You’ve probably heard of the ‘Golden Triangle’ – a term frequently deployed in construction, but more generally in project management of all types. The Golden Triangle suggests at in any given project, there will always be some form of trade-off between elements of cost, time and quality.
Remarkable advances in technology in the broadcast market mean that in many ways, the triangle is shrinking: we are closer – as an industry – to attaining all three in ideal combination: the speed we do things, the time it takes, and the quality we do them at.
But ultimately, trade-offs in priority still exist – and this goes particularly for intensive activities related to encoding and transcoding. These undertakings are data processing monsters. Which means that whilst they can be performed in the Cloud, this isn’t always the optimum location to do so. Broadcasters need to think carefully about exactly what their priorities are, and whether the flexibility offered by the Cloud warrants a compromise in any one of the three CTQ corners. Which, in the case of live broadcast – which cannot afford to compromise time or quality – will inevitably be cost, with the remote cloud-based processing power demanded coming at a high price.
Leveraging the best of both worlds
This is why we approached the development of Centra from two viewpoints. First, whilst making it available as a SaaS application through the Cloud, we’ve also ensured it can be installed as a COTS solution using on-site hardware for any extra ‘oomph’ that might be needed.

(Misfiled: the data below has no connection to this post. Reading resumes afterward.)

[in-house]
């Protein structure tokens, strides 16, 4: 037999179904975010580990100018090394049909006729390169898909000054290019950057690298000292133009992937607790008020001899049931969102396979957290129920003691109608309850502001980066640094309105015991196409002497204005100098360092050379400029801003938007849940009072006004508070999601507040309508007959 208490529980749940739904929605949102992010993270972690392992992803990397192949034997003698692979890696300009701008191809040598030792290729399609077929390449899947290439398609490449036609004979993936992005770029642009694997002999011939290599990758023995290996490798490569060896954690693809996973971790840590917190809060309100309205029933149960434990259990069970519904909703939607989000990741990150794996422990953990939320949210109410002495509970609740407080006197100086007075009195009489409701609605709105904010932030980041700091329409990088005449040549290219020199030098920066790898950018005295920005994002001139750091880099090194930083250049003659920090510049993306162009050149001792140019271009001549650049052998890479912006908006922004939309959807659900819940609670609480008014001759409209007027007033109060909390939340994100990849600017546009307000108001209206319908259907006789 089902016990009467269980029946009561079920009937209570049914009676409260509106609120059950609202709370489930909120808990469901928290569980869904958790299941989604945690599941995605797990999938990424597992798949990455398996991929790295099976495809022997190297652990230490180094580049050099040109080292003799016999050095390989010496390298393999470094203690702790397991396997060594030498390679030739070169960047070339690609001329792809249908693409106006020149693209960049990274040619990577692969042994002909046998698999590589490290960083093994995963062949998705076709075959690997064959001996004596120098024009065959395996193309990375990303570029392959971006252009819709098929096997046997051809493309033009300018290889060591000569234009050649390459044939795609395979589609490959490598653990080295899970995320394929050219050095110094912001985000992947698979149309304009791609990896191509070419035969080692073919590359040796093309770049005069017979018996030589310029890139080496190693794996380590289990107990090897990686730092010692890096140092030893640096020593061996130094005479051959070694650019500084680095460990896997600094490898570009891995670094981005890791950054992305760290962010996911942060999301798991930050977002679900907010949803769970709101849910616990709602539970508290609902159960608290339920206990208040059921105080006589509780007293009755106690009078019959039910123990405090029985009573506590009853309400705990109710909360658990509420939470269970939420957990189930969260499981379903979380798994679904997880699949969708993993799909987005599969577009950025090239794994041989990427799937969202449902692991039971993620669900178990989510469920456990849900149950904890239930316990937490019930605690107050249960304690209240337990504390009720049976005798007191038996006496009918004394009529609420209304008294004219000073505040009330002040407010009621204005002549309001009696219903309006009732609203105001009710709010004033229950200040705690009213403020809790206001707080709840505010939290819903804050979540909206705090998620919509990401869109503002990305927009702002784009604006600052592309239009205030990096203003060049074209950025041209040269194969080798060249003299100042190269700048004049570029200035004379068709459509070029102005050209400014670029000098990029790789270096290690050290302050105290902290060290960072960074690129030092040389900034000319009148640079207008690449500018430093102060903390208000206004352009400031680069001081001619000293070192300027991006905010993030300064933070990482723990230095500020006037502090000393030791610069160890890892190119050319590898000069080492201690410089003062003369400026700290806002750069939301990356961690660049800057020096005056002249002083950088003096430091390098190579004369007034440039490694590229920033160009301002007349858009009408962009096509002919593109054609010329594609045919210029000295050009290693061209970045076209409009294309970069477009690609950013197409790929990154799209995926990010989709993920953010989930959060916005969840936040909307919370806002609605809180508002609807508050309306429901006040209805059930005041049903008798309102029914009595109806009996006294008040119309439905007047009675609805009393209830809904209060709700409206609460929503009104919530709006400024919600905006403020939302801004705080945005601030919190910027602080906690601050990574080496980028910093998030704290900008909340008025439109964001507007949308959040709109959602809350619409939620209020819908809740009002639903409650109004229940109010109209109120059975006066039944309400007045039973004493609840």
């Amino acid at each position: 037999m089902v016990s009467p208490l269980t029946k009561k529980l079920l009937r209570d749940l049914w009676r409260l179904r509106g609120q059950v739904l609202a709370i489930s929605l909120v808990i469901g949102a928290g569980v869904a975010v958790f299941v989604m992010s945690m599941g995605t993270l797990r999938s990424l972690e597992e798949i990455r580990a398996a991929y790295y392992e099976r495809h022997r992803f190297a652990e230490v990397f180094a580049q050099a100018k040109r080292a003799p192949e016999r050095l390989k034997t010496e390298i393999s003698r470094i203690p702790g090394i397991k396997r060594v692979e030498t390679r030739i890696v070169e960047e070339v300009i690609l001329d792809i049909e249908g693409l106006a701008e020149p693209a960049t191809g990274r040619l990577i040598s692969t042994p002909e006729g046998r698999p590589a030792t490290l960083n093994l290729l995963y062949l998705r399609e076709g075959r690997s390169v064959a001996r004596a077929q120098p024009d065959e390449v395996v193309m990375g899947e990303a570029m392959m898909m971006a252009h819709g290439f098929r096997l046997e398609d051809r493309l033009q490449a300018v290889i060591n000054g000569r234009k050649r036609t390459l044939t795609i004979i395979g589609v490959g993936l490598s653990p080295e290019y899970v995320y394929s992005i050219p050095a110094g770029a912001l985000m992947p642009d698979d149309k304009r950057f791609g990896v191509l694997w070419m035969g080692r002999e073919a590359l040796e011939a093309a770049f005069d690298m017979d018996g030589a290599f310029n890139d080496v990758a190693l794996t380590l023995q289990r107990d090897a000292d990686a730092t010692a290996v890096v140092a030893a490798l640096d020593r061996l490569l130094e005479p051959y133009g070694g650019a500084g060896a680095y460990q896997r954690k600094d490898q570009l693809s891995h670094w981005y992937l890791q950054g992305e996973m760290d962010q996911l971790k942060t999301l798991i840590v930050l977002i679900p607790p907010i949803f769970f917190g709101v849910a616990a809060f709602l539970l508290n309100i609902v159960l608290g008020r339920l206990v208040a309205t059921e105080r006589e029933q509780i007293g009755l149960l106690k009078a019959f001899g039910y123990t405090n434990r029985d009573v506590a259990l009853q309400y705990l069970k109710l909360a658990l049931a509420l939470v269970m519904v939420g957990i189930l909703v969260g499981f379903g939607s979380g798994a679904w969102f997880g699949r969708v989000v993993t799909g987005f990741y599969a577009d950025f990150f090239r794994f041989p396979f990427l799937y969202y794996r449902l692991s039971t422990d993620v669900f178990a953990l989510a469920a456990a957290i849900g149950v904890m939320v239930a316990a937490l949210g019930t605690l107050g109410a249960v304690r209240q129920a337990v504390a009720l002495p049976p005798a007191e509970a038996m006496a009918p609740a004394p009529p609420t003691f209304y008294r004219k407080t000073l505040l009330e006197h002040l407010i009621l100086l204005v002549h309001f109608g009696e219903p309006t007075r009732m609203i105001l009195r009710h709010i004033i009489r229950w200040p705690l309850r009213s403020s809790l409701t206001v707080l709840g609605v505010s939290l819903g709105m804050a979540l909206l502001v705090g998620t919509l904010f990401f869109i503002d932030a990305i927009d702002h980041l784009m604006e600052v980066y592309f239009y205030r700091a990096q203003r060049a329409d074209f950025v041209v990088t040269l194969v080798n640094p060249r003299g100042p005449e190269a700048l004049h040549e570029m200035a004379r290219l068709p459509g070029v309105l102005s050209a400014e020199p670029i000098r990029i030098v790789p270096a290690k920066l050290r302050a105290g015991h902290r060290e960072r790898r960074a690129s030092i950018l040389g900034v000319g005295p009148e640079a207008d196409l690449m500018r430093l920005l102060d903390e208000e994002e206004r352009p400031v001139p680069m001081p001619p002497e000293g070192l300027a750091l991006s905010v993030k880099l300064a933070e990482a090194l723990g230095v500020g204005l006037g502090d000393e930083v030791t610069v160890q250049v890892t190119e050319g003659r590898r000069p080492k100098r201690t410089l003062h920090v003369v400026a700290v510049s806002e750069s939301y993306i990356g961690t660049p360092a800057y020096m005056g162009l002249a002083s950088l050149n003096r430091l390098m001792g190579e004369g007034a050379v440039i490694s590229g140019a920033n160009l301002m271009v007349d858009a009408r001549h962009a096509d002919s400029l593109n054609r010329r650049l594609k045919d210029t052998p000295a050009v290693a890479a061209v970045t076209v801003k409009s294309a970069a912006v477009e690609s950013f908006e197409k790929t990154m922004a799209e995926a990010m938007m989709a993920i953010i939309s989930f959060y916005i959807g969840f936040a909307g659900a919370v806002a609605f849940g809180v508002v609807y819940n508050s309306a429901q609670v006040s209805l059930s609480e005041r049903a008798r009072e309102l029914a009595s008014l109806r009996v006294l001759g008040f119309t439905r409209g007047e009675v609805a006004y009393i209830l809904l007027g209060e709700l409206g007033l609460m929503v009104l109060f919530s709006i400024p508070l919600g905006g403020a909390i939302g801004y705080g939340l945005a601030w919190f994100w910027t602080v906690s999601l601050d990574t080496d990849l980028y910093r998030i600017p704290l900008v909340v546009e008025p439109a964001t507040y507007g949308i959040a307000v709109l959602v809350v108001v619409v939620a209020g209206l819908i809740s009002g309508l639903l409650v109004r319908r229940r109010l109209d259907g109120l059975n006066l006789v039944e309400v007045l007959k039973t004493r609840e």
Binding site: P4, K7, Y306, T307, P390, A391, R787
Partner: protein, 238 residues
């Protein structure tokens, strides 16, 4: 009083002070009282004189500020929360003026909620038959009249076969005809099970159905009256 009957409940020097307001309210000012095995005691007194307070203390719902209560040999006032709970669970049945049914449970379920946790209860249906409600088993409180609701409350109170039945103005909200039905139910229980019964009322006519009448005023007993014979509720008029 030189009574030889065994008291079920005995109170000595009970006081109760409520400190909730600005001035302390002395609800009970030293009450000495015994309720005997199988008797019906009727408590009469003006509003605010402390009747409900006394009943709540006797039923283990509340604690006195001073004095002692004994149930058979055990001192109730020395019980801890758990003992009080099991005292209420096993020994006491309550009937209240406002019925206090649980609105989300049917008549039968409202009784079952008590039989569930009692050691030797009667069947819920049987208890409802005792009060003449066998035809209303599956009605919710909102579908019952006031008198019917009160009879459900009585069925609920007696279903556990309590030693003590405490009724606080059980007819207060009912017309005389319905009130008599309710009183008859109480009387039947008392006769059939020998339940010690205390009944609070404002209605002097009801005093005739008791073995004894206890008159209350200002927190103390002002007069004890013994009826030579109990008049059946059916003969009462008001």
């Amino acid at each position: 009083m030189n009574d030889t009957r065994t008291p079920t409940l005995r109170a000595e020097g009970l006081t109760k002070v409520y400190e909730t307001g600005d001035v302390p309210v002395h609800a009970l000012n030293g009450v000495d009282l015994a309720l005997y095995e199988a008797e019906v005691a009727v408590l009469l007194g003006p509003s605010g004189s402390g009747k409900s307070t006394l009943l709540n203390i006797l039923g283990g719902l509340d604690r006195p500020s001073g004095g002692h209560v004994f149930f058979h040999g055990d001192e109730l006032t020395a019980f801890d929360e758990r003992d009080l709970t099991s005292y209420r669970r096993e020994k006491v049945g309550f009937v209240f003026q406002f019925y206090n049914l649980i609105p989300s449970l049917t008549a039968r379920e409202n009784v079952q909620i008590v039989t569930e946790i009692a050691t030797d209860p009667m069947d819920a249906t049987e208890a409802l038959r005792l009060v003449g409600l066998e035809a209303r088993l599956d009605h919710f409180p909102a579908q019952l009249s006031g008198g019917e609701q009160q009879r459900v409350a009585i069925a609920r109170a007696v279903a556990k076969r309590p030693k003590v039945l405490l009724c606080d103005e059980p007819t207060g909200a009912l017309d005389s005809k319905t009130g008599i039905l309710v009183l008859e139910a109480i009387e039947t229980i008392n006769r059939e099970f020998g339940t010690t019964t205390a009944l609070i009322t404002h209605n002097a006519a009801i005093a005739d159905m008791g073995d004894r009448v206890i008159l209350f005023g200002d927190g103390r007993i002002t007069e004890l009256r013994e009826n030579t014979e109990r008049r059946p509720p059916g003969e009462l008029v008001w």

But far more than this, what we’ve done is sought to develop Centra as something far more than a ‘mere’ protocol conversion tool – though it is extensive in its capabilities on that front, working to convert and transmit a vast range of protocols, including RIST, SRT, Zixi, and HLS, along with MPEG over IP, whilst also monitoring latency metrics and optimize transport according to resources and need.
Instead – or perhaps more accurately, as well – what Centra represents is a coordinated management tool for these operations whether they are being undertaken in the Cloud or on dedicated hardware. Centra will be developing over the course of the year to become a singular, centralised device management and control platform that allows for extensive fleets of hardware and software to be overseen from any remote location – automating tasks, flagging errors and making complex control simpler than ever. Effectively, a turnkey management solution across all devices, allowing not only streaming control and conversion for the aforementioned standards, but the management, upgrade, tracking and rectification of complete installations – whether that’s on a global broadcast scale, or within a smaller enterprise operation.
This allows our users to take advantage of both the extensive range of devoted hardware solutions we have within the Centra range (and the years of knowledge and expertise that have gone into them), and the advantages of centralized, flexible, Cloud-based management and operations. It’s about maximizing flexibility in order to tackle all elements of the triangle at one: cost, time and quality. At Sencore, we believe strongly in the power of the Cloud and the potential it has to revolutionize the broadcast industry – but we know that the best way to leverage its power is to play to its strengths as well as to our own. Connect with us and find out more about our pigeon-free, Cloud-based approach to the future.